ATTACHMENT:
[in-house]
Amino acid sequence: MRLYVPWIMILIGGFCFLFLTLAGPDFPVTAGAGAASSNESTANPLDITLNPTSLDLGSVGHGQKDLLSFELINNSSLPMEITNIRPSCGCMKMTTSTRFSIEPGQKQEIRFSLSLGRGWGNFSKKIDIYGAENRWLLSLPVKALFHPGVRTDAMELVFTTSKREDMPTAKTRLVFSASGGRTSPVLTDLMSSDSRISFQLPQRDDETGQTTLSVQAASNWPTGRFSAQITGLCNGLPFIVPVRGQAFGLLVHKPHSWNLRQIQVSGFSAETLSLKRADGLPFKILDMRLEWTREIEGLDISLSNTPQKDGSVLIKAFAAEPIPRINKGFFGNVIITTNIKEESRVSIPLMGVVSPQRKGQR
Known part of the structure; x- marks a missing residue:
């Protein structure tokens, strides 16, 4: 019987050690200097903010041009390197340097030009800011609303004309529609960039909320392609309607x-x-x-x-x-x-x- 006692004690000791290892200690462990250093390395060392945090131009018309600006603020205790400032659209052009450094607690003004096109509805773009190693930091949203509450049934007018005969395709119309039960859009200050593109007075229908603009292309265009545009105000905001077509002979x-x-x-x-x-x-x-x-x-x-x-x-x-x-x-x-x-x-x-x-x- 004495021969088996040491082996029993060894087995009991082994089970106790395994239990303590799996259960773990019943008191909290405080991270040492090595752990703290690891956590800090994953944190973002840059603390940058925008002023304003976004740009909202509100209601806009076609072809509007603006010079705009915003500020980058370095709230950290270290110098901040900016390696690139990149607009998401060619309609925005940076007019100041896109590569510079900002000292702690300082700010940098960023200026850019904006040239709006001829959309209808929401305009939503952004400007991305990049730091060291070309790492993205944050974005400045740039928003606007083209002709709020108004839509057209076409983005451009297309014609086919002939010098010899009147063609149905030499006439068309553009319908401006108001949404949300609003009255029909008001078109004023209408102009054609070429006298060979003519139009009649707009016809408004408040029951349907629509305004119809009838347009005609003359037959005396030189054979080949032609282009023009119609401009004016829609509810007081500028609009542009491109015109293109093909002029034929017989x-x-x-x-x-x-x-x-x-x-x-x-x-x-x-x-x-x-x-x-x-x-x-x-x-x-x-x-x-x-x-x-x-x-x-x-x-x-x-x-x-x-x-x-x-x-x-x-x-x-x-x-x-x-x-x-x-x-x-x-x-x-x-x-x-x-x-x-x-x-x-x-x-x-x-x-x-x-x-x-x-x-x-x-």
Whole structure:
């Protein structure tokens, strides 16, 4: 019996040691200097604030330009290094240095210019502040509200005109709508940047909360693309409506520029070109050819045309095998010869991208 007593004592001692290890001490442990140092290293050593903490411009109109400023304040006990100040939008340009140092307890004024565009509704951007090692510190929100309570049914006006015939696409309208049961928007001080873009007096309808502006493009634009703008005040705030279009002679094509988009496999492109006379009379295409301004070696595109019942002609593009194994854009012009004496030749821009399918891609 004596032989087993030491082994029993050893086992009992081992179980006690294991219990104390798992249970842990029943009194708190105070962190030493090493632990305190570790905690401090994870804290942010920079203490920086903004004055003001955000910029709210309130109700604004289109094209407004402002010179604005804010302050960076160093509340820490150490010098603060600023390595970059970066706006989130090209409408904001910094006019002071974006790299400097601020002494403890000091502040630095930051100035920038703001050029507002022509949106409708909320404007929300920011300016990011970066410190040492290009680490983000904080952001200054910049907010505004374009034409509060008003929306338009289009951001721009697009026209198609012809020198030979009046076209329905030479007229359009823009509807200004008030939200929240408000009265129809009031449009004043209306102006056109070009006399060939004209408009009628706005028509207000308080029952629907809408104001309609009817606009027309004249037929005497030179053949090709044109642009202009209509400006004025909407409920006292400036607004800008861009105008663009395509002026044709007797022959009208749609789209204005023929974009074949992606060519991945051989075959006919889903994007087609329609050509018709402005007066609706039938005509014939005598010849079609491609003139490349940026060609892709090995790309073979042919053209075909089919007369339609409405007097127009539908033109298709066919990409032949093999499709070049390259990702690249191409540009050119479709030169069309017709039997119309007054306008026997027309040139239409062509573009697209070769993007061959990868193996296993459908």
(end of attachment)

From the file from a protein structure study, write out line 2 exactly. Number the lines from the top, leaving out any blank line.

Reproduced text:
Amino acid sequence: MRLYVPWIMILIGGFCFLFLTLAGPDFPVTAGAGAASSNESTANPLDITLNPTSLDLGSVGHGQKDLLSFELINNSSLPMEITNIRPSCGCMKMTTSTRFSIEPGQKQEIRFSLSLGRGWGNFSKKIDIYGAENRWLLSLPVKALFHPGVRTDAMELVFTTSKREDMPTAKTRLVFSASGGRTSPVLTDLMSSDSRISFQLPQRDDETGQTTLSVQAASNWPTGRFSAQITGLCNGLPFIVPVRGQAFGLLVHKPHSWNLRQIQVSGFSAETLSLKRADGLPFKILDMRLEWTREIEGLDISLSNTPQKDGSVLIKAFAAEPIPRINKGFFGNVIITTNIKEESRVSIPLMGVVSPQRKGQR